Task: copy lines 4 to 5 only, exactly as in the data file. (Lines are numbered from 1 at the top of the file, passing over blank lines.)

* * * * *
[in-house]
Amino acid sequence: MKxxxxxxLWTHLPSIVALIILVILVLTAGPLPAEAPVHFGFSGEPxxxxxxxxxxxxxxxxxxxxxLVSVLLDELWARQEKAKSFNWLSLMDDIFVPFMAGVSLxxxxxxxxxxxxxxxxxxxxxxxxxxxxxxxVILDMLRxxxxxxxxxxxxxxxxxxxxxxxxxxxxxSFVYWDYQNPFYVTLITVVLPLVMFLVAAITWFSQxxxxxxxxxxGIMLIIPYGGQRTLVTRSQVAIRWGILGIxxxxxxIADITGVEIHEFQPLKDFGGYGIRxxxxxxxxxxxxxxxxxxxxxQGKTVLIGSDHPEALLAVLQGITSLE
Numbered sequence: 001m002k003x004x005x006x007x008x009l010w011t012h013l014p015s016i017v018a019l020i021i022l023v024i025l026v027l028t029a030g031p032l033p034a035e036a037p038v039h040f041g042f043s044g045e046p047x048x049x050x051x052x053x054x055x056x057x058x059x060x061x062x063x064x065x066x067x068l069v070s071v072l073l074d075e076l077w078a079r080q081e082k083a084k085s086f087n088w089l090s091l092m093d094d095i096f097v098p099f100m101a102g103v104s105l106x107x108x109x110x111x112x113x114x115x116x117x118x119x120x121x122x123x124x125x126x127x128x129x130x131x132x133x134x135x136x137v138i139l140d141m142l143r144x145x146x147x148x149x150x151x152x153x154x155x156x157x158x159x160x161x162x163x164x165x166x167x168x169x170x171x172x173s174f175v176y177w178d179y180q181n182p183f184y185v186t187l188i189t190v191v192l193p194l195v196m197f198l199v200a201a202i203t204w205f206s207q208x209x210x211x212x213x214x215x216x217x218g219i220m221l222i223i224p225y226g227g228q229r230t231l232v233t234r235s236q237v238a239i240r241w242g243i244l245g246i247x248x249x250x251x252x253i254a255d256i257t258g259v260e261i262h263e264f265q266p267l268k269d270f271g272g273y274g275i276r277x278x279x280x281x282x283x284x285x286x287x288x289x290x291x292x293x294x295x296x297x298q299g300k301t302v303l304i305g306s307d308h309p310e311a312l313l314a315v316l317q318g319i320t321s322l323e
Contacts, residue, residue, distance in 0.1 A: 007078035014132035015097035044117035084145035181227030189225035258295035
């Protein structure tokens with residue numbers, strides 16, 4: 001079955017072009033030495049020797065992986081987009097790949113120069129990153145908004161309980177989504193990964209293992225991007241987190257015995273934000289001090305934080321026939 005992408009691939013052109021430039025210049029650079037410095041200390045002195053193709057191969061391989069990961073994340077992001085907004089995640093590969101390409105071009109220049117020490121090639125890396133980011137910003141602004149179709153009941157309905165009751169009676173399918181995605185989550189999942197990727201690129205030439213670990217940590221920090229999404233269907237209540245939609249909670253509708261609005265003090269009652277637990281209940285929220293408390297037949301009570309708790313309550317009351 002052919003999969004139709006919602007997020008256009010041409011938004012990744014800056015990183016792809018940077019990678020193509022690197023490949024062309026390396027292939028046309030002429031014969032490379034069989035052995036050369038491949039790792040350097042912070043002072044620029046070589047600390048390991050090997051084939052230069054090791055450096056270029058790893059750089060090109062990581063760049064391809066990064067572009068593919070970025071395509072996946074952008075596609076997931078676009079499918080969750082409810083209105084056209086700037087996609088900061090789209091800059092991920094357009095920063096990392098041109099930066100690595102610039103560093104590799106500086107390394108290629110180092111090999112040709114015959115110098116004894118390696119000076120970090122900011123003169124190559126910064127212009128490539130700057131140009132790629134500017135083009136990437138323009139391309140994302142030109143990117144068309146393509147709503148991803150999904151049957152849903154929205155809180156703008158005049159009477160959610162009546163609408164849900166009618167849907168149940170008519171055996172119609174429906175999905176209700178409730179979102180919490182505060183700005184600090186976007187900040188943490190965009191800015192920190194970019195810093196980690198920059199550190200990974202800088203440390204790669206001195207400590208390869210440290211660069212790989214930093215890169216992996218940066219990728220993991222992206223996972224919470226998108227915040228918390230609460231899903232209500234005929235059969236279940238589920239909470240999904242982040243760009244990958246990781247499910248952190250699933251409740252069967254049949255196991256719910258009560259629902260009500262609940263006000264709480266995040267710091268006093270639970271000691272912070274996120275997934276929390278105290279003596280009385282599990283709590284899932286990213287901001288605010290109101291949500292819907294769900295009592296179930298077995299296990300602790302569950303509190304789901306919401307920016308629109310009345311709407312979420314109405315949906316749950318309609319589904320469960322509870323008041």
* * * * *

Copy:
Contacts, residue, residue, distance in 0.1 A: 007078035014132035015097035044117035084145035181227030189225035258295035
């Protein structure tokens with residue numbers, strides 16, 4: 001079955017072009033030495049020797065992986081987009097790949113120069129990153145908004161309980177989504193990964209293992225991007241987190257015995273934000289001090305934080321026939 005992408009691939013052109021430039025210049029650079037410095041200390045002195053193709057191969061391989069990961073994340077992001085907004089995640093590969101390409105071009109220049117020490121090639125890396133980011137910003141602004149179709153009941157309905165009751169009676173399918181995605185989550189999942197990727201690129205030439213670990217940590221920090229999404233269907237209540245939609249909670253509708261609005265003090269009652277637990281209940285929220293408390297037949301009570309708790313309550317009351 002052919003999969004139709006919602007997020008256009010041409011938004012990744014800056015990183016792809018940077019990678020193509022690197023490949024062309026390396027292939028046309030002429031014969032490379034069989035052995036050369038491949039790792040350097042912070043002072044620029046070589047600390048390991050090997051084939052230069054090791055450096056270029058790893059750089060090109062990581063760049064391809066990064067572009068593919070970025071395509072996946074952008075596609076997931078676009079499918080969750082409810083209105084056209086700037087996609088900061090789209091800059092991920094357009095920063096990392098041109099930066100690595102610039103560093104590799106500086107390394108290629110180092111090999112040709114015959115110098116004894118390696119000076120970090122900011123003169124190559126910064127212009128490539130700057131140009132790629134500017135083009136990437138323009139391309140994302142030109143990117144068309146393509147709503148991803150999904151049957152849903154929205155809180156703008158005049159009477160959610162009546163609408164849900166009618167849907168149940170008519171055996172119609174429906175999905176209700178409730179979102180919490182505060183700005184600090186976007187900040188943490190965009191800015192920190194970019195810093196980690198920059199550190200990974202800088203440390204790669206001195207400590208390869210440290211660069212790989214930093215890169216992996218940066219990728220993991222992206223996972224919470226998108227915040228918390230609460231899903232209500234005929235059969236279940238589920239909470240999904242982040243760009244990958246990781247499910248952190250699933251409740252069967254049949255196991256719910258009560259629902260009500262609940263006000264709480266995040267710091268006093270639970271000691272912070274996120275997934276929390278105290279003596280009385282599990283709590284899932286990213287901001288605010290109101291949500292819907294769900295009592296179930298077995299296990300602790302569950303509190304789901306919401307920016308629109310009345311709407312979420314109405315949906316749950318309609319589904320469960322509870323008041």